I didn’t know much when I started Paramore|Redd - now Paramore | the digital agency. In fact, I didn’t even know I was starting a business. But it’s been almost ten years now, which is a really long time. Brad keeps bugging me about writing a piece about our “history” for our new website and I keep thinking a) who cares? and b) I can’t remember what I did yesterday, much less do a good job of recapping ten years in business.
But tonight I had a two-hour massage by Andy “The Wonder Masseur” in the guest bedroom at my house (I’m serious). It was just a massage (although not just any massage) followed by foie gras and seared tuna in my kitchen, and then I got the idea for this piece…
You’ve already read the title so I won’t restate it here, I’ll just launch into 10.5 Things I’ve Learned After 10 Years in Business.
- Everybody is creative - or at least they think they are. The fact is that most people’s jobs aren’t much fun. So when a company decides they are going to build a new website, people get excited. They see a chance to express themselves, and once that starts it increases the time on the project by at least 25%. But not the budget.
- It’s arrogant to tell clients we know what’s best for their company. The client knows their business far better than we ever will because they work in it every day. What we can do is apply what we know really well, digital design, development and marketing. We need to trust each other - and listen to each other. Humility goes a long way.
- We must be prepared, but there’s hardly ever time to get that way. The more mature our industry gets, and the bigger our clients get, the more time we need to spend preparing before we kick off a project. But there is tremendous pressure to produce results right now. Our clients feel it and so do we, so the temptation is to “just dive in.” It’s usually a mistake. Preparation is key.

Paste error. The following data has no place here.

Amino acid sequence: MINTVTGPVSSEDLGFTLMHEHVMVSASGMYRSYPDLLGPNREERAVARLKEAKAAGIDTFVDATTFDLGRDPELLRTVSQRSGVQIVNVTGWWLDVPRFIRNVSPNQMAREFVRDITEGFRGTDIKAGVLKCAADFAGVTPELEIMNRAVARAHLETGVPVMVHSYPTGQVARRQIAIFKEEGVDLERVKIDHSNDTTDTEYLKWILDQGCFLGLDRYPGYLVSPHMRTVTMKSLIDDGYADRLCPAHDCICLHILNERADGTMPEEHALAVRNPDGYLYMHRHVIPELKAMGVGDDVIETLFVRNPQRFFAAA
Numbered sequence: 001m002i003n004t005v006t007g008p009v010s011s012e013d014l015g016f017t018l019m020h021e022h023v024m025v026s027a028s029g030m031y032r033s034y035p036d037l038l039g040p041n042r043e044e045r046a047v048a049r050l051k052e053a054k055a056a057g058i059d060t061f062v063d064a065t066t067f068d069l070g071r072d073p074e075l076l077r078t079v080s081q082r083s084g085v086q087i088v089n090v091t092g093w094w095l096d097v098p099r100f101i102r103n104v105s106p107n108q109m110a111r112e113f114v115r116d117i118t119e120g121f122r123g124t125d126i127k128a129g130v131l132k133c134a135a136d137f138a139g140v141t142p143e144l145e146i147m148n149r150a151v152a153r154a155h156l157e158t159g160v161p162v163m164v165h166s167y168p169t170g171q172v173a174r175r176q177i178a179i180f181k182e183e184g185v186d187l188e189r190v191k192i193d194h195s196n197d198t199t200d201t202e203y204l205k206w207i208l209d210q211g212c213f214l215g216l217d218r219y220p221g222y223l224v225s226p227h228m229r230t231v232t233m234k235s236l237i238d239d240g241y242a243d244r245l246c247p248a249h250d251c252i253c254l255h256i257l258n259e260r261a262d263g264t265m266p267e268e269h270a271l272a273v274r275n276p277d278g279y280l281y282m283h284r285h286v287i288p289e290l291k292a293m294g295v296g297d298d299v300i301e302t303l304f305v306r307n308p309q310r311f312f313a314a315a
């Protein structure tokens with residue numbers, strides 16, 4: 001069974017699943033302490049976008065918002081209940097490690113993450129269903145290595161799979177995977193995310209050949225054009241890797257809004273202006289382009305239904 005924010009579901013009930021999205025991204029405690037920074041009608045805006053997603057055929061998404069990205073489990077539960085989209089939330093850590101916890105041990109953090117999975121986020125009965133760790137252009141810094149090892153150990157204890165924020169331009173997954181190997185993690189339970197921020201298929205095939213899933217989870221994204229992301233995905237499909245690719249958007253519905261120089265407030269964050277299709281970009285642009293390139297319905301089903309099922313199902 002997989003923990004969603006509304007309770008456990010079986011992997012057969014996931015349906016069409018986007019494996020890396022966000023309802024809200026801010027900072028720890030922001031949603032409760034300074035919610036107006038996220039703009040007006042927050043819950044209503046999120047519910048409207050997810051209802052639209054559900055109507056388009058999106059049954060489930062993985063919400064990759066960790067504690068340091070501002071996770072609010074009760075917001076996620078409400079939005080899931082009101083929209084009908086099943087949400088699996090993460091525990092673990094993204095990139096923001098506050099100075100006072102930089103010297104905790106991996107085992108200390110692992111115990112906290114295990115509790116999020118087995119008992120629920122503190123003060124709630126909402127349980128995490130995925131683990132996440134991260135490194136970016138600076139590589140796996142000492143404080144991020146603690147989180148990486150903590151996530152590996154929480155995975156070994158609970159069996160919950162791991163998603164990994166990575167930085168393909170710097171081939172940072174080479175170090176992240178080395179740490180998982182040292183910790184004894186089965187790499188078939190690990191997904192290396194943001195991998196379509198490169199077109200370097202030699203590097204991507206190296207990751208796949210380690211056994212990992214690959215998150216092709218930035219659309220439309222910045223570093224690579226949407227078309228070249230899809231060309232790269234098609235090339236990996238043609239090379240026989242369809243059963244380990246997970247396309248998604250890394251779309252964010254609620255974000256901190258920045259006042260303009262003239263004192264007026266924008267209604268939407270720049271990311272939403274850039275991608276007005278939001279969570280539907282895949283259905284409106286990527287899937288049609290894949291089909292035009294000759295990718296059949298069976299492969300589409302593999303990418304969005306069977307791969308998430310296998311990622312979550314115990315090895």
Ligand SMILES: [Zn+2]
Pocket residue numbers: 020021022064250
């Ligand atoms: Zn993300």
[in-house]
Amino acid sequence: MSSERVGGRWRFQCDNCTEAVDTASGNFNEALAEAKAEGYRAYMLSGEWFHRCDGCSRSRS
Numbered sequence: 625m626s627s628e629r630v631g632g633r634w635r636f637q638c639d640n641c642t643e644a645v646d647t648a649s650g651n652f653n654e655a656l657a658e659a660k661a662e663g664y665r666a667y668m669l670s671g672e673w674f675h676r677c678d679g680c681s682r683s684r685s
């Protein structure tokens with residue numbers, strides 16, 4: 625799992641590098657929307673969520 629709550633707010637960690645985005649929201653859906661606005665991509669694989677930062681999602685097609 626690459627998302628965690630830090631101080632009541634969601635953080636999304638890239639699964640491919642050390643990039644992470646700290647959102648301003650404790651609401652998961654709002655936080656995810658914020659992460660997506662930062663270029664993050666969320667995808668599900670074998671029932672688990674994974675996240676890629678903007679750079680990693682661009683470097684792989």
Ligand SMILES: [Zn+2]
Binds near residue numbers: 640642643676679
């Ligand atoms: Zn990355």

- Everything changes, including people and technology. This is both comforting and frightening. People grow and change. Technology advances. What we did yesterday - and possibly who did it and who we did it for - may not matter today.
- Slower is better sometimes. By the time a client hires a creative company they are very anxious to get the project done. They’ve been thinking about it and fighting for the budget, and they are just about to explode. But unreasonable deadlines are just that - unreasonable - and almost always unwise. Slow down. This is closely related to #3, above.
- Faster is better sometimes. Check the above and forget about it when you’re talking about media. Get on with it already. Analysis paralysis is, well, paralysis. Test it. Learn it. Do it better.
6.5 People are still judging digital media by traditional media standards. See my blog post about ad equivalency. Jeez.
- Our industry is confusing, and confusion creates fear. Clients feel they should understand how websites are developed and how digital media is delivered. They think it so much that it keeps them from making decisions. But this industry specializes and splinters more than any industry in history and not even the pros can keep up. Confusion creates fear. It’s our job to dispel fear.
- You gotta be profitable to stay in business. It’s true. The top priority of any business is to stay in business. You can’t help a client if you can’t stay in business.
- It’s really hard to be both really creative and really profitable. The idea of scalability in a truly custom shop is stupid. If it’s scalable, it’s NOT custom by definition. If it’s templated, it’s not custom. And if it’s not custom we don’t really want to do it.
- People leave. And when they do, they leave a trail. This applies to employees, business partners and clients. The effects of good people are evident long after they are gone. Same goes for not-so-good people. Not that there have been many of them, mind you. I’m thankful for all of them, and sorry that I didn’t appreciate both the good ones and the not-so-good ones while I had the pleasure of seeing them every day.
This is just the beginning of the things I’ve learned in the last ten years. If you think you’re seeing the beginning of a series, you’re right.
Thanks to all the clients, employees and partners who have made the last ten years so great, in particular kidd redd, who was my partner for the first 7 years. To see his effect on this company, just read the content of this site (much of which was written by him) and then check him out over at kiddredd.com.
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